For twenty years, civil war has torn the Empire apart, and the once proud soldiers of the Imperial army now fight as hired hands for greedy lords fighting over the remnants of a more glorious time.  Now the Empire is rising again under the benevolent reign of Emperor Kiva the Golden. Meanwhile his younger brother – the gifted warrior Quintillian – has been driven away from the Imperial Palace by an uncontrollable love for the Emperor’s wife Jala. Instead the honourable fighter chooses a life of simplicity as a sword for hire leaving the long legacy of his family behind. But not all ties of loyalty can be escaped and the bonds of family run deep…

Insurgency is published by Canelo, priced at £3.99 as an ebook

More information about SJA Turney can be found on his website. You can also follow him on Twitter @SJATurney or find him on Facebook.

Saturday 27 August 2016

2016 Ngaio Marsh Award winners

Crimechurch: Southern authors sweep Ngaio Marsh Awards

It was a hometown quinella on Saturday night as Paul Cleave and Ray Berard were announced as the winners of the 2016 Ngaio Marsh Awards at the WORD Christchurch Writers and Readers Festival.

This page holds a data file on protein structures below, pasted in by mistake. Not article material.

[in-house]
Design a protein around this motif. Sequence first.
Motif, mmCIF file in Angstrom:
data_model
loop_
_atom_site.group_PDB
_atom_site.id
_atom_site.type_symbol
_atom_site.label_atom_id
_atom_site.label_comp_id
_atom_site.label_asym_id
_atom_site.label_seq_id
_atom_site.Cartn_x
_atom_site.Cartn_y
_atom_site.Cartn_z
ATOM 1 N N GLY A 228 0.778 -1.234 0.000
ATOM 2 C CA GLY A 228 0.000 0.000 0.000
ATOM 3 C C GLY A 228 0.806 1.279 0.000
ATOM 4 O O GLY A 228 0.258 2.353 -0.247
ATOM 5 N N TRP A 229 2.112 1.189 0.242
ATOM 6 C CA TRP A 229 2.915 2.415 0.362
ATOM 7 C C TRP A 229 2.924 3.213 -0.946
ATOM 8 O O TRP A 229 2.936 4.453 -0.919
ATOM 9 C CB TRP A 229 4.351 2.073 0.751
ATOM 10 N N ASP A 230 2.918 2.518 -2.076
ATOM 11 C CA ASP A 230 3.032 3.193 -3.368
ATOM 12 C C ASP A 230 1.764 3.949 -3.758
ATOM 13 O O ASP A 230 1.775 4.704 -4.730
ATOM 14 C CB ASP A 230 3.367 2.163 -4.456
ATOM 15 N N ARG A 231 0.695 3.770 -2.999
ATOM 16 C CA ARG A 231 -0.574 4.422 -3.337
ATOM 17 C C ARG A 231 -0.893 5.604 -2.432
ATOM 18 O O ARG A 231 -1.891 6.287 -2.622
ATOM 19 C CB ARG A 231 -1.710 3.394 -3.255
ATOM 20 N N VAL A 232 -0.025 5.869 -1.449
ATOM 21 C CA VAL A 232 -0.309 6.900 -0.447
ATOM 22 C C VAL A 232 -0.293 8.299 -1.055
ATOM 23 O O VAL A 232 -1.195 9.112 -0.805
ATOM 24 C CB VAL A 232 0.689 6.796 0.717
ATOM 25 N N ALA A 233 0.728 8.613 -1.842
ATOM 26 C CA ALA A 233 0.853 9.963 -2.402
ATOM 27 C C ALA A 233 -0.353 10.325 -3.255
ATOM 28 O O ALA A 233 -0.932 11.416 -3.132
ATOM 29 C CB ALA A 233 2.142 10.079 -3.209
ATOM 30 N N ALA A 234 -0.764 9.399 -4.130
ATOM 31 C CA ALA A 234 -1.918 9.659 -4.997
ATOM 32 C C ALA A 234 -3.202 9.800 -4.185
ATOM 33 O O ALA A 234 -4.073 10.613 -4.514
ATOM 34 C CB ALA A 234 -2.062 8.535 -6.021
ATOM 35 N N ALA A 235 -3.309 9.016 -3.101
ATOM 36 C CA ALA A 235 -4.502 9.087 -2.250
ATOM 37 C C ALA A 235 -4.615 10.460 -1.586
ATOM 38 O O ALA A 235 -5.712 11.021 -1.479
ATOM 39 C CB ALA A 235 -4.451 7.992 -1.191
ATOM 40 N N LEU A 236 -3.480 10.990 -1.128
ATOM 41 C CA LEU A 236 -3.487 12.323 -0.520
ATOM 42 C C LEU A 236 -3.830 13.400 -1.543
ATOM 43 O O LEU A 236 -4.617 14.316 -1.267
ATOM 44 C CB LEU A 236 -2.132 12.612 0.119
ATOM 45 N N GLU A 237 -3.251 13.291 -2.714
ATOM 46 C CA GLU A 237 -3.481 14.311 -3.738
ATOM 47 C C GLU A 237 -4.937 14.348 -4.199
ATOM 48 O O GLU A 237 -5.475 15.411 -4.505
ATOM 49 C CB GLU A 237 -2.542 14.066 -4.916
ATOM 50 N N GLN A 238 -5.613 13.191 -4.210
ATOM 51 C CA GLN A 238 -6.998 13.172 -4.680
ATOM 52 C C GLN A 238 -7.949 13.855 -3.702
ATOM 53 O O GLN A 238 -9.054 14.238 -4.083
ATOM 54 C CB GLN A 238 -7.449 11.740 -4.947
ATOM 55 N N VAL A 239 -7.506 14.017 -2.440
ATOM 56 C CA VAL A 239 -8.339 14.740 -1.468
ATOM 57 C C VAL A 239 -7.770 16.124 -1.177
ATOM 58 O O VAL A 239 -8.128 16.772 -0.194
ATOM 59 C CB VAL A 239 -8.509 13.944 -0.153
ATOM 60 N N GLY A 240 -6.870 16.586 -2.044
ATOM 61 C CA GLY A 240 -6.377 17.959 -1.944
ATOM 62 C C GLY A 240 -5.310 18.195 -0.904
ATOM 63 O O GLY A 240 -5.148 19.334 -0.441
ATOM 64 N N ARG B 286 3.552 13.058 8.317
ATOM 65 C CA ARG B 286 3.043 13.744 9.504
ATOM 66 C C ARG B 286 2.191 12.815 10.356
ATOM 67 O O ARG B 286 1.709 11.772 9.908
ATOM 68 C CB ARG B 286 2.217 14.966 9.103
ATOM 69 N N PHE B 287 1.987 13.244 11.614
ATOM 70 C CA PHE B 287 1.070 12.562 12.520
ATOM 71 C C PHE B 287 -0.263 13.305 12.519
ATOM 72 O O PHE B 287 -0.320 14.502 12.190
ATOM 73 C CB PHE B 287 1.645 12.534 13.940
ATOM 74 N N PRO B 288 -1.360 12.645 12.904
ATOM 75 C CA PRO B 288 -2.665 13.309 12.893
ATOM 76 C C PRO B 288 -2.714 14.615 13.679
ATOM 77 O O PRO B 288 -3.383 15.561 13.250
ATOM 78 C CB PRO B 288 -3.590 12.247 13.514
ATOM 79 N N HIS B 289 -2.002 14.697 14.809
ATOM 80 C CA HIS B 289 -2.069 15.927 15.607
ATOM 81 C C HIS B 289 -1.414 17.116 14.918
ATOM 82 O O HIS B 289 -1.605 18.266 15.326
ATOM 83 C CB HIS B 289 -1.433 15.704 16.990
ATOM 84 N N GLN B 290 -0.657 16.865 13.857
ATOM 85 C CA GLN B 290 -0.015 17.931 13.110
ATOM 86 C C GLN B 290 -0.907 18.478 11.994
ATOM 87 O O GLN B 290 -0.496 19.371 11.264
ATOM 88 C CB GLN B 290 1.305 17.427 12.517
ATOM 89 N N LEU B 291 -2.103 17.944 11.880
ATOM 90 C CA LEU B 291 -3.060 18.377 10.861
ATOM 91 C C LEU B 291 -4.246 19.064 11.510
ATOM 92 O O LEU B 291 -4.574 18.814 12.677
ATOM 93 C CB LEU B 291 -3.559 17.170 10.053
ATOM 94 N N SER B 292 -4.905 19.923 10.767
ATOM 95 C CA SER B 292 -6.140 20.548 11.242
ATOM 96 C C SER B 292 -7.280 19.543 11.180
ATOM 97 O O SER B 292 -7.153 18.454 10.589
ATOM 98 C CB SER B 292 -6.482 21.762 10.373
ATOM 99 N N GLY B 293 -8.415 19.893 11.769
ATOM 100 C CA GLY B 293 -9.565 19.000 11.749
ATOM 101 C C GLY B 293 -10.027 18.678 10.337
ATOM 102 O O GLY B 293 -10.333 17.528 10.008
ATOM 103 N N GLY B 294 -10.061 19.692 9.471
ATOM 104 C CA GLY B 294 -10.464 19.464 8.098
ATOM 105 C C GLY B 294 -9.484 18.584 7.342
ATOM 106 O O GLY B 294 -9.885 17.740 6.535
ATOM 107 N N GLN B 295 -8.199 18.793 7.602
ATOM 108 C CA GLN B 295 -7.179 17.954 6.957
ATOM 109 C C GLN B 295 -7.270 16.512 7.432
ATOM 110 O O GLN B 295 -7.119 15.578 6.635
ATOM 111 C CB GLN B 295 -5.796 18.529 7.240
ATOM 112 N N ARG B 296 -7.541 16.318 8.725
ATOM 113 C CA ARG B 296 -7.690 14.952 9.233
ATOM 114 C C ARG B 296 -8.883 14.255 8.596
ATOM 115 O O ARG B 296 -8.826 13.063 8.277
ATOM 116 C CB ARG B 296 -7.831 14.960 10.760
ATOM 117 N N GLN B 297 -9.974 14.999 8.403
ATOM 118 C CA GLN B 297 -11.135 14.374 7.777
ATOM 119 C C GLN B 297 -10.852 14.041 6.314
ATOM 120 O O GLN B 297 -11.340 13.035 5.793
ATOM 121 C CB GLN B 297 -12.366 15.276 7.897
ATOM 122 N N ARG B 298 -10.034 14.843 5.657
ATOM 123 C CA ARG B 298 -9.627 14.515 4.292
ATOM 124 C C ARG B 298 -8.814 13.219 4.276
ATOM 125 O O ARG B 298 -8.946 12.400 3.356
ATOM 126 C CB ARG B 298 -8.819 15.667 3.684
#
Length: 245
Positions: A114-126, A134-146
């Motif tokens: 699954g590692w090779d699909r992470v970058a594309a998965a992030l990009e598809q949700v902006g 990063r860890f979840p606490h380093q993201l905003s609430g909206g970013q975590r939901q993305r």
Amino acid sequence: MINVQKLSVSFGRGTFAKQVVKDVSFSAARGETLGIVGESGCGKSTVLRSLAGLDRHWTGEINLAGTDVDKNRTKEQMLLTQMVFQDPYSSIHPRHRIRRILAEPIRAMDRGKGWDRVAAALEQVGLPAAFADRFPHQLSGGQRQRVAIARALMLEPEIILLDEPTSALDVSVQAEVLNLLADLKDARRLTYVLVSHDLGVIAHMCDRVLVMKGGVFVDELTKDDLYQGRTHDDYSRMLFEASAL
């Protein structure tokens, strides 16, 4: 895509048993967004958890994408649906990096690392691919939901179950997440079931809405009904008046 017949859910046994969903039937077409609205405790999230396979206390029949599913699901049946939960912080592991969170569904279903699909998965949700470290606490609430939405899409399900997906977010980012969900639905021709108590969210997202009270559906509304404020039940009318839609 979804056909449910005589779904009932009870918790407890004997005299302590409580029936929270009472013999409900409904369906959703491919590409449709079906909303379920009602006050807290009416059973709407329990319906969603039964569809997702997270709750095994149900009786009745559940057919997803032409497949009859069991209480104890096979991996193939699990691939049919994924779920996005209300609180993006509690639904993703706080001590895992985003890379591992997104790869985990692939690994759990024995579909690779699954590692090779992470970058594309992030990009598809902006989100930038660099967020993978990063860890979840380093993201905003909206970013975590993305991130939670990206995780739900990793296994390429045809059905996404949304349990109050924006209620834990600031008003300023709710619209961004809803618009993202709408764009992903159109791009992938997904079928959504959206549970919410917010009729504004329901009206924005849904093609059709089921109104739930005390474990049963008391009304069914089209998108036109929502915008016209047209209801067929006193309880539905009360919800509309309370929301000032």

TRUST NO ONE (Upstart Press), a mind-bending psychological thriller about a writer with early onset Alzheimer’s who starts confessing the murders in his novels were real, earned Cleave his record third Ngaio Marsh Award for Best Crime Novel. The judges described it as “a stunningly audacious novel that functions as a literary hall of mirrors” – a book that “succeeds brilliantly on many different levels”. 

Fellow Cantabrian Berard scooped the Ngaio Marsh Award for Best First Novel with his Rotorua-set debut thriller INSIDE THE BLACK HORSE (Mary Egan Publishing). The judges praised his tale of the aftermath of an armed robbery that interrupts a drug deal as “a lucid and potent portrait of good people and gangsters that is unmistakably Kiwi in flavour and tone... a fine story with considerable depth.”